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NSA and Privacy Safeguards

An article in yesterday’s Washington Post hinted at the safeguards in the NSA program:

The agency and its advocates maintain that its protection of that data is subject to rigorous controls and oversight by Congress and courts. For the public, it comes down to a question of unverifiable trust.

“The constraints that I operate under are much more remarkable than the powers that I enjoy,” said the senior intelligence official who declined to be named.

When asked why the NSA could not release an unclassified copy of its “minimization procedures,” which are supposed to strip accidentally collected records of their identifying details, the official suggested a reporter submit a freedom-of-information request.

In your blogger’s view the strength of the safeguards is key if their information is to be used for valid national security purposes and NOT for political purposes , e.g. IRS allegations, or employee voyeurism, e.g. Passport Office experience. Watergate happened and government trust is no longer automatic.

How independent are the overseers who check for misuse? Who do they answer to? Do they really have adequate resources? (It is unlikely that the FISA court has adequate resources even though it is independent.) Do contractor employees, like Snowden, have access to the overseers to make complaints without fear of retaliation?

A review of the statute creating the Office of Inspector General of the Intelligence Community shows that office is charged to protect intelligence information and sources and that protection of privacy of the rest of us is not a stated goal. Note that in 50 USC § 403–3h(g) this IG is allowed to talk to contractors but in 50 USC § 403–3h(g)(3) only “an employee of the intelligence community” is protected from retaliation. Thus Snowden did not have the option available to him if he had been interested in it.

Finally, there is one way this might influence a matter pending before FCC: The Japanese press has reported that if SoftBank is blocked in its merger with Sprint, it will try to buy T-Mobile. Why would SoftBank be blocked? FierceWireless has reported that Verizon Wireless (VZW) and T-Mobile were not subject to orders to deliver “metadata” to NSA because of foreign ownership. VZW is a joint venture of Verizon, a US corporation and the UK’s Vodaphone. T-Mobile is a subsidiary of the former German monopolist. (The FISA court order that Snowden released dealt with a subsidiary of Verizon NOT VZW.)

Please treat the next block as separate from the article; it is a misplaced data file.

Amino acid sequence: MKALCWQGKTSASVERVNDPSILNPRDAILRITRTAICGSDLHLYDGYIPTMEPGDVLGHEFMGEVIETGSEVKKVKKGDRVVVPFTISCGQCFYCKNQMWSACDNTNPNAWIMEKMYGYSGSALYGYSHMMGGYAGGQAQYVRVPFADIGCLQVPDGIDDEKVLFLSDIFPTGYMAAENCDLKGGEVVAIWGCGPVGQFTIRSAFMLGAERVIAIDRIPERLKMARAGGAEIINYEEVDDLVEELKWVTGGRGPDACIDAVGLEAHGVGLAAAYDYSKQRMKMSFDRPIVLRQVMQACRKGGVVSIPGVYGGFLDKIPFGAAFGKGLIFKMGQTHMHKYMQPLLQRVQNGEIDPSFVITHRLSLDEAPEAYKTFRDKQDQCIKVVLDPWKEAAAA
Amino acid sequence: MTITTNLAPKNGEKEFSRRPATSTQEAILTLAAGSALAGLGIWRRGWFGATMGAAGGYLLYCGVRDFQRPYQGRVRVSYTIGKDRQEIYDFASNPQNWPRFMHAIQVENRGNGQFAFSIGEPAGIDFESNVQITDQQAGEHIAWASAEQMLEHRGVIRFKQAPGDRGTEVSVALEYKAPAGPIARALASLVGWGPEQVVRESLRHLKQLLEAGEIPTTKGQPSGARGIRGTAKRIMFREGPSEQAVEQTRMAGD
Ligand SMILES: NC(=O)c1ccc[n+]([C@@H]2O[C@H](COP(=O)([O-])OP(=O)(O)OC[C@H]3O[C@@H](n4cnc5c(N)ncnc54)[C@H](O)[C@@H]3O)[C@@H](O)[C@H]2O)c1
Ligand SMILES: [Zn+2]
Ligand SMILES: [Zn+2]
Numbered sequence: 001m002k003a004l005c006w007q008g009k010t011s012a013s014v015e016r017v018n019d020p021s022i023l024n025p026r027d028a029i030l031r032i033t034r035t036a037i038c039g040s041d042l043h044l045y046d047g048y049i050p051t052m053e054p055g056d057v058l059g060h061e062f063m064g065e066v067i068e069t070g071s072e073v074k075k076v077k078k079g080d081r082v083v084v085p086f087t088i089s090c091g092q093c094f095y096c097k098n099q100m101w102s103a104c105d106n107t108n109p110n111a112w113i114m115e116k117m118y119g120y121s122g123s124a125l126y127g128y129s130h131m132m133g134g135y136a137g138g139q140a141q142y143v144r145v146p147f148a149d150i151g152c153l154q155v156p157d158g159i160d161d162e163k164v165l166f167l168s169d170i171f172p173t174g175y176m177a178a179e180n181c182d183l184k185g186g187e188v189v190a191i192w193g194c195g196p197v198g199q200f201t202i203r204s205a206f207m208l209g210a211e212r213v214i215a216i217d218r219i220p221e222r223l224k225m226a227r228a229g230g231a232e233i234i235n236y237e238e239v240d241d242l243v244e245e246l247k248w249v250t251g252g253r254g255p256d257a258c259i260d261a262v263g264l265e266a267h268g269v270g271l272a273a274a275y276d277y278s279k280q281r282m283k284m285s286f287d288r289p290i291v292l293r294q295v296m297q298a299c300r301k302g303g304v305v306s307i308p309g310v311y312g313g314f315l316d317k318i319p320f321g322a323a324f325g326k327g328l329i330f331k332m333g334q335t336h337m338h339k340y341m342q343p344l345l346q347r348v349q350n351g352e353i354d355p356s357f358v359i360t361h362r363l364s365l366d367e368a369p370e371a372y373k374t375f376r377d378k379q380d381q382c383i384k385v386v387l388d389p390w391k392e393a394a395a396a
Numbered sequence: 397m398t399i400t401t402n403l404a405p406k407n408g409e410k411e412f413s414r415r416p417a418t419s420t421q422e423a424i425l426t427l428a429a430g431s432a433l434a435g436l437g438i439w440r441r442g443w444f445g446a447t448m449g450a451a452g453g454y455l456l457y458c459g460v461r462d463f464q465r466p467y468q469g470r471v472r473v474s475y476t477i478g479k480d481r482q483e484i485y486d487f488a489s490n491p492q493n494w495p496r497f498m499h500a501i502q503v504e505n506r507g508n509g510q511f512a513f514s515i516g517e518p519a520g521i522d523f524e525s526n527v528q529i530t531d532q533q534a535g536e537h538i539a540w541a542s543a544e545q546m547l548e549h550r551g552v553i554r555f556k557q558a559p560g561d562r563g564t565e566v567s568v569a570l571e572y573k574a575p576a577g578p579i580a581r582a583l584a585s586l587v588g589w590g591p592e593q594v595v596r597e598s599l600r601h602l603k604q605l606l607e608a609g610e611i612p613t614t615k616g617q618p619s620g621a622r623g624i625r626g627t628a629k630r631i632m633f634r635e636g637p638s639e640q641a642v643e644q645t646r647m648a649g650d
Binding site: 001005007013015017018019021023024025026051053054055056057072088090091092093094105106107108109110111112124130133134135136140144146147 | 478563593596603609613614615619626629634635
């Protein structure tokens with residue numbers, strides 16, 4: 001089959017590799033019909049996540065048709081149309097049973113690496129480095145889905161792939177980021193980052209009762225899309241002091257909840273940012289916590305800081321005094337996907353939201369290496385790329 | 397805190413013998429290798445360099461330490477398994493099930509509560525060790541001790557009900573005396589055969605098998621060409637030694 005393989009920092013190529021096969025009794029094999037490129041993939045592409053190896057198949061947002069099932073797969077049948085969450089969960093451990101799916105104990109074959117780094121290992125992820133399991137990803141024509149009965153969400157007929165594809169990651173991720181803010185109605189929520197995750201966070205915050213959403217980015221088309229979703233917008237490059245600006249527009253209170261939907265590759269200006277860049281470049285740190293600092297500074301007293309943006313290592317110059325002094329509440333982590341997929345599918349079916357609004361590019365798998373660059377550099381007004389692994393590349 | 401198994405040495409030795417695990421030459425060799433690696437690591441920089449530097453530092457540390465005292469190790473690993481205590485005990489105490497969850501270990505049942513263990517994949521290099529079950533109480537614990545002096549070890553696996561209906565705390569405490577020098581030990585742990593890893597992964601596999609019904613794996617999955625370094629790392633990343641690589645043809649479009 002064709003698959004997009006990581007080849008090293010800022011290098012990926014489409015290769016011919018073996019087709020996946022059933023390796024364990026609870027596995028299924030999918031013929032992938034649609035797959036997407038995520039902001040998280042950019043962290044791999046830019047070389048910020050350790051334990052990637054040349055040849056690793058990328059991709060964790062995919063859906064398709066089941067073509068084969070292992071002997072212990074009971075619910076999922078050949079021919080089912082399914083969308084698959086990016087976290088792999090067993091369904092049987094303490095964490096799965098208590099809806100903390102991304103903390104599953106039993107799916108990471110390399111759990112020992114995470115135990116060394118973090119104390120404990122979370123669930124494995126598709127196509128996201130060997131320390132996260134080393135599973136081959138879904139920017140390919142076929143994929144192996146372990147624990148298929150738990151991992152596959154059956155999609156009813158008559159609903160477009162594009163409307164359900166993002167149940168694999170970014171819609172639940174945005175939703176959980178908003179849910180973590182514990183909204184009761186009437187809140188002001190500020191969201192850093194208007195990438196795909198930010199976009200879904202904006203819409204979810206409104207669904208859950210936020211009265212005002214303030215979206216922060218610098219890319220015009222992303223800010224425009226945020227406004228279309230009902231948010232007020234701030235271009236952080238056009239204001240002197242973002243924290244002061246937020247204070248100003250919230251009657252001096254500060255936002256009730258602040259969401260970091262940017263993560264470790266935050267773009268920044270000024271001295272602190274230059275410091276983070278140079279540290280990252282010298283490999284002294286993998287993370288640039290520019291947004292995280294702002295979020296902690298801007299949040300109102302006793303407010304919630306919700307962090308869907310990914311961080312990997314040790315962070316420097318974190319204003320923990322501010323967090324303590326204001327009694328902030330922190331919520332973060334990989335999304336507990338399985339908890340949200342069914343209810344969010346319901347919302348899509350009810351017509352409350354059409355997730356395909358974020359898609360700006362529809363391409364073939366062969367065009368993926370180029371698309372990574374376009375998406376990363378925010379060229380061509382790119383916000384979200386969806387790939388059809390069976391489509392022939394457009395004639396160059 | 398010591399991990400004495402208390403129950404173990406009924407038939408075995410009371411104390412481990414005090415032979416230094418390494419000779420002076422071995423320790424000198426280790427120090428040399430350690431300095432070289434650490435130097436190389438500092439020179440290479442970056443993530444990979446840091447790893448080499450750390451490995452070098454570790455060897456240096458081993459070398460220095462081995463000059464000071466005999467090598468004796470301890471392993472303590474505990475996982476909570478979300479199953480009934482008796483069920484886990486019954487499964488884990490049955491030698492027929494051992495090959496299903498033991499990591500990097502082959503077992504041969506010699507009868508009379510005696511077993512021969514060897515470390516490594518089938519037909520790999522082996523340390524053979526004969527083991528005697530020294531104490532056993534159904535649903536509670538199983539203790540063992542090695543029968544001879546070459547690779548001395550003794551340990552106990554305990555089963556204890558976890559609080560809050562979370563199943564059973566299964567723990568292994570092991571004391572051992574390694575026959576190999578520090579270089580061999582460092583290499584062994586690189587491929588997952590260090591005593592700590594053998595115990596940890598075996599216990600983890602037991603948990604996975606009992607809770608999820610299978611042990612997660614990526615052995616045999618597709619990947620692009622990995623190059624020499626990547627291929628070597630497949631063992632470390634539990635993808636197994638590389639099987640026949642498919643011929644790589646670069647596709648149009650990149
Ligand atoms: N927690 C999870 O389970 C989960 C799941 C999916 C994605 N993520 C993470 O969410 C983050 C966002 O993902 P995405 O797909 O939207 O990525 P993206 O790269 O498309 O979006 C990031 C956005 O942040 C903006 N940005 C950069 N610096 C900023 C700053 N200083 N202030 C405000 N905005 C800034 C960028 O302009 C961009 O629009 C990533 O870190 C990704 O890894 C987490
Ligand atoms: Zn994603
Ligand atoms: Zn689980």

Thus the secretive CFIUS review might block the merger since it would result in 3 out of 4 US cellular carriers having some foreign ownership while the speculated SoftBank/T-Mo merger would keep it at the present 2.


There is some confusion about the current protection of Intelligence Community contractors as whistle blowers. A friend pointed outpointed out that the DNI IG website says

It is the policy of the federal government to enable employees to disclose evidence of fraud, abuse, mismanagement, or illegal activities without fear of reprisal. The Inspector General Act of 1978, as amended by the Intelligence Community Whistleblower Protection Act of 1998 provides employees and contractors of intelligence agencies with a mechanism for reporting alleged wrongdoing in IC agencies and associated programs to Congress. Under the ICWPA, IC employees have the right to engage in whistleblowing activity relating to intelligence matters of "urgent concern" and to be free from retaliatory actions for such reporting. "Urgent concerns," as defined by the ICWPA, include matters an IC employee reasonably believes to evidence violations of law, rule or regulation; gross mismanagement; gross waste of funds; an abuse of authority; or a substantial and specific danger to public health or safety. In some circumstances, ODNI personnel (including employees, assignees, detailees, and contractors) may feel it necessary to report such matters to Congress when, in the view of the ODNI personnel, those matters are not being adequately addressed by the ODNI or another government agency. If ODNI personnel wish to report waste, fraud, abuse, violation of law, or gross mismanagement by IC employees to Congress, the matter should first be raised to the IC Office of Inspector General. The IC IG will advise the employee regarding the procedures for making an IC whistleblower complaint. Additionally, ODNI and IC personnel may report misconduct to the IC IG at any time. For additional information on whistleblower obligations, policies and procedures, to make a whistleblower disclosure, and/or if you believe that you have been a victim of whistleblower retaliation, ODNI and IC personnel should contact the Office of the IC IG at 703-482-1300.

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